In the interim, and in order to stem the bleeding to come, more fiat money will likely be mouse-clicked en masse to save an otherwise un-savable and Fed-created debt monster.
Such ongoing “emergency measures,” of course, will be fatal to currency purchasing power and likely trigger the not-so-secret “Bretton Woods 2.0 Re-Set” already well-telegraphed by the IMF early as 2020.
Bridgewater Chimes In—More Hawkish Virtue Signaling
Meanwhile, over at Bridgewater, similar tough-guy swings at the Fed continued from Greg Jensen, who now, after years of watching (and benefiting from) the embarrassingly grotesque, artificial and unprecedented climb of the S&P, DOW and NASDAQ, is suddenly confessing that a day of tough Fed policy and market reckoning is needed.
Again, that’s rich…and comes a little too late Mr. Jensen.
Look, for example, at the size of the equity bubble that banks like Goldman and funds like Bridgewater have openly enjoyed during well over a decade of extreme Fed profligacy:
Folks, if the above chart is not evidence enough of a fatal and Fed-driven mega-bubble, I really don’t know what is…
As figures as far back as David Hume to Ludwig von Mises (not to mention Thomas Jefferson or Andrew Jackson) have warned, and as history as shown from as far back as ancient Rome or the France of 1790 to the Bear Sterns of 2008 confirm: The bigger the debt-driven party, the more deadly the hangover.
As for Jensen, he predicts a stock hangover ahead of at least -20% should the Fed acquire its backbone and get/stay hawkish, as per his “virtuous advice.”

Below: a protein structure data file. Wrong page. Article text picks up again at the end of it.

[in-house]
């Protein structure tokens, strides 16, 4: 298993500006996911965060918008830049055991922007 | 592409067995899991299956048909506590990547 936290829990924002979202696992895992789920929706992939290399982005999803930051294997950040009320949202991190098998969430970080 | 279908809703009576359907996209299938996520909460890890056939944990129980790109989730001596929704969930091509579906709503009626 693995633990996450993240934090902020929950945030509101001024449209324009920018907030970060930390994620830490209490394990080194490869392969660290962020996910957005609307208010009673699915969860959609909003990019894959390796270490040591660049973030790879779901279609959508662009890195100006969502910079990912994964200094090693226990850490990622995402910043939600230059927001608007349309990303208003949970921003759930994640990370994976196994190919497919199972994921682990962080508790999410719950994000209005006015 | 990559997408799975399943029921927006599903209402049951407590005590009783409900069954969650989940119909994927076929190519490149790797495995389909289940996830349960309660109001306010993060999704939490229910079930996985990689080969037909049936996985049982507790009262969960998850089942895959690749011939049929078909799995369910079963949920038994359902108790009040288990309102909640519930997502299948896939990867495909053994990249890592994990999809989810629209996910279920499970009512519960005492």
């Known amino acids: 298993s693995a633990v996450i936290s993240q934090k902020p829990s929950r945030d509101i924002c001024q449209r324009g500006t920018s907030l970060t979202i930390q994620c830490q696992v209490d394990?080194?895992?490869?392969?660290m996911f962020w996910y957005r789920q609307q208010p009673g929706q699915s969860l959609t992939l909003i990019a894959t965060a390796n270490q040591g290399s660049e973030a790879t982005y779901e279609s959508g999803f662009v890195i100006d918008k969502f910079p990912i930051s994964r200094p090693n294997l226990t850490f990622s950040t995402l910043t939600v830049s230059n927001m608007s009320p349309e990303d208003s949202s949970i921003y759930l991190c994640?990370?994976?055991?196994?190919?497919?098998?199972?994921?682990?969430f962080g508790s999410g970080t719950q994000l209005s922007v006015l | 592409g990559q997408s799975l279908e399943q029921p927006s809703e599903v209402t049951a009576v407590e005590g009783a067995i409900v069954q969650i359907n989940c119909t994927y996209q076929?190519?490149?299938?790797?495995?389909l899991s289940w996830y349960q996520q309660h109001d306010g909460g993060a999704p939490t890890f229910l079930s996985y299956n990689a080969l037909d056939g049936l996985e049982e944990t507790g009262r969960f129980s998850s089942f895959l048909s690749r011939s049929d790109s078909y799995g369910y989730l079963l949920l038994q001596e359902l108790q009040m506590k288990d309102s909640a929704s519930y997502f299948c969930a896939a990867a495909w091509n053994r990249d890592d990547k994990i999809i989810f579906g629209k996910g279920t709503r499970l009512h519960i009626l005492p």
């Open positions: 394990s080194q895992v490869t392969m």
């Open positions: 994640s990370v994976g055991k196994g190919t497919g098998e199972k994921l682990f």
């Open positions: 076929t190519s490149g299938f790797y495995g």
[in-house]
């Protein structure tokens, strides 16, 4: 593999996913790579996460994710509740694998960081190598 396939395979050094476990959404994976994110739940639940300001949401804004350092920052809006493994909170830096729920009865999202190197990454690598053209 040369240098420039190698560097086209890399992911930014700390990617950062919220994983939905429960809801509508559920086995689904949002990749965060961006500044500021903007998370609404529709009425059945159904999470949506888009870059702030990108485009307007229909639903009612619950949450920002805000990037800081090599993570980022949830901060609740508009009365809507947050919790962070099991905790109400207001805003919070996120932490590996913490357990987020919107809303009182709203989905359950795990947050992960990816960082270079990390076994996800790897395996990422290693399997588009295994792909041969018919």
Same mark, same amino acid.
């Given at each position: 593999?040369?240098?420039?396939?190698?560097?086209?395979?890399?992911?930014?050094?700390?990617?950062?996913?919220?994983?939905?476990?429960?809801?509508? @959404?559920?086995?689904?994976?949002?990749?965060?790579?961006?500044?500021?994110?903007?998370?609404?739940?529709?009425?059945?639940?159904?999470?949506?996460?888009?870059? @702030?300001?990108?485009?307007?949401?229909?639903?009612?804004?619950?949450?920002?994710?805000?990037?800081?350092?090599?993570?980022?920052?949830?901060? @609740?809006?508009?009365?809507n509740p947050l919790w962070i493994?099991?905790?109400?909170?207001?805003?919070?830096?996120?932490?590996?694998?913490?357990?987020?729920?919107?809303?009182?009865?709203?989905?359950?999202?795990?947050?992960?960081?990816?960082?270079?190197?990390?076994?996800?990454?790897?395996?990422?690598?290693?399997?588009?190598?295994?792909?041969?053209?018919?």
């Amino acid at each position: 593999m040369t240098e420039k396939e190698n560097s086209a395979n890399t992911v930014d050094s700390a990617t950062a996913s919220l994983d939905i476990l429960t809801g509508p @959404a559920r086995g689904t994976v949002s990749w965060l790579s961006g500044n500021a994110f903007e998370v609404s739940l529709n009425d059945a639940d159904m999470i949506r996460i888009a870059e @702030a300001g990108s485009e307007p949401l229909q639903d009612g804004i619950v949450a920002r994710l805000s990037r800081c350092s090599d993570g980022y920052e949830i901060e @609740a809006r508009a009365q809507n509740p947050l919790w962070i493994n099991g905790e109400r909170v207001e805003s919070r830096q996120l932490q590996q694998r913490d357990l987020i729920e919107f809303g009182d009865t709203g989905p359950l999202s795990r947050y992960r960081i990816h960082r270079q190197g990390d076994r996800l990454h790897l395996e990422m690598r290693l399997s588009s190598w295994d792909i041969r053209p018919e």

Frankly, Mr. Jensen, 20% is optimistic to the point of silly.
A Brief Lesson in Mean Reversion
I remind Mr. Jensen over at Bridgewater of a simple little market force which I’m sure he and his Connecticut-based colleagues have discussed at the water-cooler, namely: Mean Reversion.
Mean reversion, in fact, is one of the most consistent and natural laws of even un-natural/artificial markets like our own.
That is, over-bought as well as over-sold securities inevitably and eventually “revert’ to their mean price levels.
That is, much like a rubber band stretched up or down from one’s knuckle, the band eventually recoils back with a sting.
In case you want to know the potential extent and size of that sting in the current market environment, take a look at the bubbles, graph and mean-reversion implications below…
Again, a 20% “reversion” or fall from these Fed-driven nosebleed levels is being optimistic to say the least.
The resistance lines outlined above suggest that the pain (mean reversion) ahead for these bloated markets is far greater than Jensen’s mere 20% and is instead flirting far more dangerously close to at least a -53% to -68% loss.